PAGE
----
Civil society and indigenous peoples’ statement on Paris-Oslo process

A group of NGOs have produced a statement on the Paris-Oslo process, criticising the lack of transparency and participation. “A bad REDD system is worse than no system at all for the world’s climate, its forests and its people,” they write in the statement. “Unless underlying problems are addressed, so-called fast-start financing would be a false start for REDD.”

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PNG update: Logging, carbon trading and missing documents

A month ago, I wrote to the UN-REDD team in Papua New Guinea to ask, among other things, what has happened to the programme’s budget of US$2,596 million. I am still waiting for a reply. Last week, I sent a reminder, along with a new question about the PNG government’s investigation into the Office of Climate Change, the key documents of which, it seems, have disappeared.

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Accra Caucus: Key messages on REDD

The Accra Caucus is a coalition of more than 100 non-governmental organisations from 30 countries. It was formed in August 2008, in Accra, Ghana at a meeting organised to discuss issues and concerns associated with REDD. Before COP-15 in Copenhagen, December 2009, the Accra Caucus produced a list of key messages to be included in any agreement on REDD.

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Ogiek threatened with eviction from Mau Forest, Kenya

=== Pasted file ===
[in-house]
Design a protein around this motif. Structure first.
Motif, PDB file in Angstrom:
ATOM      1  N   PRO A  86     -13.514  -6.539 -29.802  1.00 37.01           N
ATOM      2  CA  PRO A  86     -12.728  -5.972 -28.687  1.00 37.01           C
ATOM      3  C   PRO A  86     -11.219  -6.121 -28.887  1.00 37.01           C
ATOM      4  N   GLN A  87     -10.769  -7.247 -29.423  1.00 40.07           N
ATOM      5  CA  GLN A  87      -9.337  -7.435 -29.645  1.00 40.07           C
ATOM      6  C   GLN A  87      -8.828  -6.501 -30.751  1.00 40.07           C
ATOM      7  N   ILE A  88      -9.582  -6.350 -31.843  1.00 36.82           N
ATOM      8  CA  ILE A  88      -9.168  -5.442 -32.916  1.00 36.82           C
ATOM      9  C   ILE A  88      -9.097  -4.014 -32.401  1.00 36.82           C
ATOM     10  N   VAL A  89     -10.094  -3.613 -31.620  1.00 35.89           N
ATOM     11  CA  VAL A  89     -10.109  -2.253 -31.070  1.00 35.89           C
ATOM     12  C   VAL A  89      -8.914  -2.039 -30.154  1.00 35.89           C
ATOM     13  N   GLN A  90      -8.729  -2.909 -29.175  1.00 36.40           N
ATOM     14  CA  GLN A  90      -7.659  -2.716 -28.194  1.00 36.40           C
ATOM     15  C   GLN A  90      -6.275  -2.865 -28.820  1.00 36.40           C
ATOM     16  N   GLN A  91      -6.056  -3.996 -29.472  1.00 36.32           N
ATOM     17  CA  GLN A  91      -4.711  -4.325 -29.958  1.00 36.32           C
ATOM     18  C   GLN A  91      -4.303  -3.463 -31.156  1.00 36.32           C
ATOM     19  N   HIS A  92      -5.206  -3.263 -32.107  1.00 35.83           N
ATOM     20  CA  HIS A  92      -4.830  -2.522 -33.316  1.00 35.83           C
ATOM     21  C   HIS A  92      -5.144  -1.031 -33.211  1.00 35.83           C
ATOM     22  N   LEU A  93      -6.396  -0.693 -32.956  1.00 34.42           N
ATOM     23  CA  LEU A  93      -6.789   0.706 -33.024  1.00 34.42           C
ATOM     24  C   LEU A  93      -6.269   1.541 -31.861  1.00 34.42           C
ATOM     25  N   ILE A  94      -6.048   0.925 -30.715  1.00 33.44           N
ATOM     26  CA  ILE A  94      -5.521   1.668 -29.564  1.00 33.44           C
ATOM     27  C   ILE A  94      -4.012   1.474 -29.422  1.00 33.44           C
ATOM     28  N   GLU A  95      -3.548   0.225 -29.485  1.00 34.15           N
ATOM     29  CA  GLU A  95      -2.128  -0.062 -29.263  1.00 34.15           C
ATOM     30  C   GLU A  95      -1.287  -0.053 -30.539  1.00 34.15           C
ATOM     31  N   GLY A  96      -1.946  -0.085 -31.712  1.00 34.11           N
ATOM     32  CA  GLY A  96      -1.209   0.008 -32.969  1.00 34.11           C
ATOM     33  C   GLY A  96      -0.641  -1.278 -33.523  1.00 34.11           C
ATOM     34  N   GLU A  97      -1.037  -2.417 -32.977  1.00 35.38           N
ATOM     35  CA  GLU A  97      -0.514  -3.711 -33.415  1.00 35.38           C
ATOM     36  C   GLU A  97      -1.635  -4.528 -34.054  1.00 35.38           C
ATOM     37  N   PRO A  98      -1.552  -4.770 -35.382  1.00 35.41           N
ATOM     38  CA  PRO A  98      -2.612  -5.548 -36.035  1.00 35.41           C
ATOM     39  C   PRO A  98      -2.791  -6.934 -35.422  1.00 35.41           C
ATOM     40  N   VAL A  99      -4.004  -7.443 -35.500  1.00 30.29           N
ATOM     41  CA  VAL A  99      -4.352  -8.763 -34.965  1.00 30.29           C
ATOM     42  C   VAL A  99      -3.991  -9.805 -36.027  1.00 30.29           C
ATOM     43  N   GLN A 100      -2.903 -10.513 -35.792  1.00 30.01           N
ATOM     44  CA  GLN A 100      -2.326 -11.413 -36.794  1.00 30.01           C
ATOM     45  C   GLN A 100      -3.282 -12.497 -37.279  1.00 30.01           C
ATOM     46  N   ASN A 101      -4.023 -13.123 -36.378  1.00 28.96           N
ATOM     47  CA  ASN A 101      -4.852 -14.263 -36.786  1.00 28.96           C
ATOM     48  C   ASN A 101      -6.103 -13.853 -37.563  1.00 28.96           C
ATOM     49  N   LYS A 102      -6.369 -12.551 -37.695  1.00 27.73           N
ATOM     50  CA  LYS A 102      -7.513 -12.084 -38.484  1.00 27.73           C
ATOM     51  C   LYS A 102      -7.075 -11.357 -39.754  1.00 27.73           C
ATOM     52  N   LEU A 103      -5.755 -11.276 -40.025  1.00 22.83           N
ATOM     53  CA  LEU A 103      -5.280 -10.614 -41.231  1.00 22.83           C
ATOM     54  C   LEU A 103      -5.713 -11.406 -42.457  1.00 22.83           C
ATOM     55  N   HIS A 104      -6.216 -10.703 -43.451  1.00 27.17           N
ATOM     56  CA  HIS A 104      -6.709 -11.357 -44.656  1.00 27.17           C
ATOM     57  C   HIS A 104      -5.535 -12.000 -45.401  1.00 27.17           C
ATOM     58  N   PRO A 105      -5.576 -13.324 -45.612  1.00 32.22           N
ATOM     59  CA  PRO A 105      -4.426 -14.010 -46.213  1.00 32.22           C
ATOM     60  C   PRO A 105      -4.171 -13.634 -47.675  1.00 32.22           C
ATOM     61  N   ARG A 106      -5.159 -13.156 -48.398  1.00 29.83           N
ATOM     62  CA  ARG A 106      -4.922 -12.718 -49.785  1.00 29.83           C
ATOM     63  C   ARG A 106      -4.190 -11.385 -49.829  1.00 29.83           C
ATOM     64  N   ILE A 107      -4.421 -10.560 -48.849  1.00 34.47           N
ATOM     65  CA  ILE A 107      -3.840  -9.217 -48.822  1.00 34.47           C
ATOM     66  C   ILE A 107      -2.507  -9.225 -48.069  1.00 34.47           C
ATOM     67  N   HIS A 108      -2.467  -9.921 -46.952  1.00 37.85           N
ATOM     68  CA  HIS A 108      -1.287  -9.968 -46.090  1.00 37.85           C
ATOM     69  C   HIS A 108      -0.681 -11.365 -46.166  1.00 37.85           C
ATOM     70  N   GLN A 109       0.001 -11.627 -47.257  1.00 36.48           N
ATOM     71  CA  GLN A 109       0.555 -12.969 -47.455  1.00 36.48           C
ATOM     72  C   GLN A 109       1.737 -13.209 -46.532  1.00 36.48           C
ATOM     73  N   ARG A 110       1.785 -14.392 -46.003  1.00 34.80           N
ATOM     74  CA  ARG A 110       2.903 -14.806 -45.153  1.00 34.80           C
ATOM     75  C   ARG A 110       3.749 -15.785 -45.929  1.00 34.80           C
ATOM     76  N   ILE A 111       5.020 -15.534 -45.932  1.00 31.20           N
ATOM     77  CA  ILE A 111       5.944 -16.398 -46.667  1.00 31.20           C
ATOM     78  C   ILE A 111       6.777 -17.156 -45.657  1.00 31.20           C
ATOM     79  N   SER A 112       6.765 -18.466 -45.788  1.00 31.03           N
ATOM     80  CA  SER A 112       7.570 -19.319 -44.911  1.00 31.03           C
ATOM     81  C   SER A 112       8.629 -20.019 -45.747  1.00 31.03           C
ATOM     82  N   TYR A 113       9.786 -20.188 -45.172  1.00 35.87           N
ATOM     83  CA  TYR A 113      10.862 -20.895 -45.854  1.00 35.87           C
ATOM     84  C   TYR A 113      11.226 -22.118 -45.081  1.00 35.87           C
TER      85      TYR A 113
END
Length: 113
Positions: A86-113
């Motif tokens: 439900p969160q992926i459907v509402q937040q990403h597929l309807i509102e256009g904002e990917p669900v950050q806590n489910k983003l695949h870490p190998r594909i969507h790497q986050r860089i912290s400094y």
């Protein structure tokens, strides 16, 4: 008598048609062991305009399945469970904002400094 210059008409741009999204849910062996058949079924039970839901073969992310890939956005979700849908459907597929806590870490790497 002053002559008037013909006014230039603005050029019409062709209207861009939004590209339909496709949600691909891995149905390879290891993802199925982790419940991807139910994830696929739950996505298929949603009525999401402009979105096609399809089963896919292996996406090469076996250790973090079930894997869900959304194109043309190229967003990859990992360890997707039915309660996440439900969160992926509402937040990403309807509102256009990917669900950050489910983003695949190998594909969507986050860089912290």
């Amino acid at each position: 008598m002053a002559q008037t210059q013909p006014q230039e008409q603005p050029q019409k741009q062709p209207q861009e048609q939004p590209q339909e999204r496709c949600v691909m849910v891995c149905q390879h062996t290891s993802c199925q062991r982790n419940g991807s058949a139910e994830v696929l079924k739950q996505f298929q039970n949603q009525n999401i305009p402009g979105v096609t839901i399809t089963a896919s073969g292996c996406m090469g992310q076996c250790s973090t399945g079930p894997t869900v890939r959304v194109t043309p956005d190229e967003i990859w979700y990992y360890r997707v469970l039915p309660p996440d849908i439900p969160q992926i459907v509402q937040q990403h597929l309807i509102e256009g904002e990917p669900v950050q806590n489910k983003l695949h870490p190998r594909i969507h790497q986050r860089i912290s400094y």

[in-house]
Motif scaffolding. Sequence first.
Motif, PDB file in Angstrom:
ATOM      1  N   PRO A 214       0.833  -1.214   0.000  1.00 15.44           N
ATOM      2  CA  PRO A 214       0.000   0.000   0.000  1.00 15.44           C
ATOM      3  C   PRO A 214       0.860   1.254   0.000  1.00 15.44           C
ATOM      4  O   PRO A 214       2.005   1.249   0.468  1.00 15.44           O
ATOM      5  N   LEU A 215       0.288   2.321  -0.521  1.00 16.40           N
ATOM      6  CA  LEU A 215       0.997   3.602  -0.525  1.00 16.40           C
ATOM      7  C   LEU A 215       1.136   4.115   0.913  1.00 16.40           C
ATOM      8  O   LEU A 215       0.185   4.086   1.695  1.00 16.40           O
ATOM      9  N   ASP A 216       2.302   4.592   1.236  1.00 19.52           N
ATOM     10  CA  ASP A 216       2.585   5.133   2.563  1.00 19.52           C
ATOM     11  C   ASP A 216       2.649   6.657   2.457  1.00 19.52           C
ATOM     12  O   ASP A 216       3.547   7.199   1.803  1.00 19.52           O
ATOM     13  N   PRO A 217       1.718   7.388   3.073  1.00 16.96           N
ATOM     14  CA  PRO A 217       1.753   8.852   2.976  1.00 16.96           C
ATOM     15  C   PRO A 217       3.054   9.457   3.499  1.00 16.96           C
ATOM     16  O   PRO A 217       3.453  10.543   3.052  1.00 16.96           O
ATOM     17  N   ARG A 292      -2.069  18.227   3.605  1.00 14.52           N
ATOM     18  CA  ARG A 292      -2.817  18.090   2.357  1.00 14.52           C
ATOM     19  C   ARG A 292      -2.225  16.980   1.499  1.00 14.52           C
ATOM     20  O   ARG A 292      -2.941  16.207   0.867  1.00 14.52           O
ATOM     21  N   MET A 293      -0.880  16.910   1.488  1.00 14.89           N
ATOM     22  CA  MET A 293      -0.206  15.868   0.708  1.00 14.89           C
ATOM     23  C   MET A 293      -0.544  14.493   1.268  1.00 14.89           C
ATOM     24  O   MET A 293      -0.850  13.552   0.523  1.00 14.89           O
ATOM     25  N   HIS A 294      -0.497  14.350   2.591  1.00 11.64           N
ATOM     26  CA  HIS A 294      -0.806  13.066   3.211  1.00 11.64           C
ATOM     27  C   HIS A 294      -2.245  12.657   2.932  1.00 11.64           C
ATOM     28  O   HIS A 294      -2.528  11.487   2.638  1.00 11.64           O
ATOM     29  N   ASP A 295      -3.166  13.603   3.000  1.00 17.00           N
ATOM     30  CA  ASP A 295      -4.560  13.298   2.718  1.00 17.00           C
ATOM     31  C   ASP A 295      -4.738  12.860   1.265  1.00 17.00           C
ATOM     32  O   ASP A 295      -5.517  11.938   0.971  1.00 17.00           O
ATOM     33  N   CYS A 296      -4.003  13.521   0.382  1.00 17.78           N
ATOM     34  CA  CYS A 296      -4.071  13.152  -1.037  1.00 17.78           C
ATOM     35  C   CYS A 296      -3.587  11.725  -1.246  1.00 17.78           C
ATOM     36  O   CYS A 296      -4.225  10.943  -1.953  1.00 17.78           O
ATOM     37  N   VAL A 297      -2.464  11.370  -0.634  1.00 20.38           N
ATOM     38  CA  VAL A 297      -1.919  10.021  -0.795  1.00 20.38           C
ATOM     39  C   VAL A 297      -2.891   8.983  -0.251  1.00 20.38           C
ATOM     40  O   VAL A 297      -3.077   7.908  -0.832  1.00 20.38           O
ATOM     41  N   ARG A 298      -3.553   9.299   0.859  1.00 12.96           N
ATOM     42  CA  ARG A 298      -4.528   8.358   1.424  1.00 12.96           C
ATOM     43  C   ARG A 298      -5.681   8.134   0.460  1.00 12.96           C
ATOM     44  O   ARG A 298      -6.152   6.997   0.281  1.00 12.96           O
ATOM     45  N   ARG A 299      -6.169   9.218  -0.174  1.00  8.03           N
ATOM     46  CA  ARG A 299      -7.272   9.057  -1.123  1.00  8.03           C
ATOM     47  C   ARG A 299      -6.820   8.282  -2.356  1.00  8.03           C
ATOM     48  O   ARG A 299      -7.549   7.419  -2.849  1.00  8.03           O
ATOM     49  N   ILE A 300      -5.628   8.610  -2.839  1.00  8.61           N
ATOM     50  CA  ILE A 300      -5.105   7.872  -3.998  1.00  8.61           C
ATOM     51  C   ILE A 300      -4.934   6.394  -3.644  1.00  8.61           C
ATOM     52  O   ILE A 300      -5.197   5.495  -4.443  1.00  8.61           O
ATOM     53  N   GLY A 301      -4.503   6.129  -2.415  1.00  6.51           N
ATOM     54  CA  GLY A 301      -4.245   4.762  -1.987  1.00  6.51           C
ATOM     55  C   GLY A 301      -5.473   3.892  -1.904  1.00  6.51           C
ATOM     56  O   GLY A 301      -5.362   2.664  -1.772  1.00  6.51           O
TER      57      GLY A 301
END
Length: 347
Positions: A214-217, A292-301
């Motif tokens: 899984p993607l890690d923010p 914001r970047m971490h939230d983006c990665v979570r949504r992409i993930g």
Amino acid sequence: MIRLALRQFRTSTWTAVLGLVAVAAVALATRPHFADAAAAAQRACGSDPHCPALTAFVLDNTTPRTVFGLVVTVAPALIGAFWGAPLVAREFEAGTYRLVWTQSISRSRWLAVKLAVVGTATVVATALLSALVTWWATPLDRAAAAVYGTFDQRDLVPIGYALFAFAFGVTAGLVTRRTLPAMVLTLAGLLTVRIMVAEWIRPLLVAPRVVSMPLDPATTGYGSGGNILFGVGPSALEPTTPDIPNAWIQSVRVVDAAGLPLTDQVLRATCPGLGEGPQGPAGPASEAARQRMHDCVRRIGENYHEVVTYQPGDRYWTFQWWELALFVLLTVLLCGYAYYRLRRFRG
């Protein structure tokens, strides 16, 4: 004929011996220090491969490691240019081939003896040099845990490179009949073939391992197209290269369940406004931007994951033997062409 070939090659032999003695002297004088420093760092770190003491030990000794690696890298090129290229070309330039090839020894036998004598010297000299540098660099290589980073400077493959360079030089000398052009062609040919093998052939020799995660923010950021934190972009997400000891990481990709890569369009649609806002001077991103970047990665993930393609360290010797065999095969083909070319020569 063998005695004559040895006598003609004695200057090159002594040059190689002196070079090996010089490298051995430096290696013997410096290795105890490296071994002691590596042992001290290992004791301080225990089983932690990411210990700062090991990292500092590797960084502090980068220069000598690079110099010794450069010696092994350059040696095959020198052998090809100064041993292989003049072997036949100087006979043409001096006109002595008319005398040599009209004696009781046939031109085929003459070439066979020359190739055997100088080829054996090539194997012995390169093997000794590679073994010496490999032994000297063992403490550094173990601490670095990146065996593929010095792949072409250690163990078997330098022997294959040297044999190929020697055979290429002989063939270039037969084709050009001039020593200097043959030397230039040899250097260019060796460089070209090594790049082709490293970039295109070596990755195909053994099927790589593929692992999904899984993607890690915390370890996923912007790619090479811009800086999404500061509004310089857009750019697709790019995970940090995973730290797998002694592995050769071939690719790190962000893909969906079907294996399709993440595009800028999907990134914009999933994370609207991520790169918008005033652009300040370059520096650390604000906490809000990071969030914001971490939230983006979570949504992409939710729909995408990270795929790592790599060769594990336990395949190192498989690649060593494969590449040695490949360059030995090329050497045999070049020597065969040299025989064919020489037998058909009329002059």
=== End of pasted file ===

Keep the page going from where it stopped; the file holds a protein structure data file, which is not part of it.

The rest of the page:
Ogiek threatened with eviction from Mau Forest, Kenya

The indigenous Ogiek people living in the Mau Forest Complex in Kenya are threatened with eviction to make way for the government’s conservation plans. The government has already started evicting 1,690 non-Ogiek families from the Mau Forest. They have nowhere to go. The Mau Forest Secretariat says that because they have no title deeds they do not qualify for any compensation.

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Injustice on the carbon frontier in Guaraqueçaba, Brazil

It really hasn’t been a good few weeks for The Nature Conservancy. First Greenpeace slammed TNC’s Noel Kempff project in Bolivia. Now investigative journalist Mark Schapiro reports from Brazil’s Atlantic Coast about TNC’s Guaraqueçaba project. Schapiro’s article in Mother Jones and a series of films on Frontline/World, document the impacts of the project.

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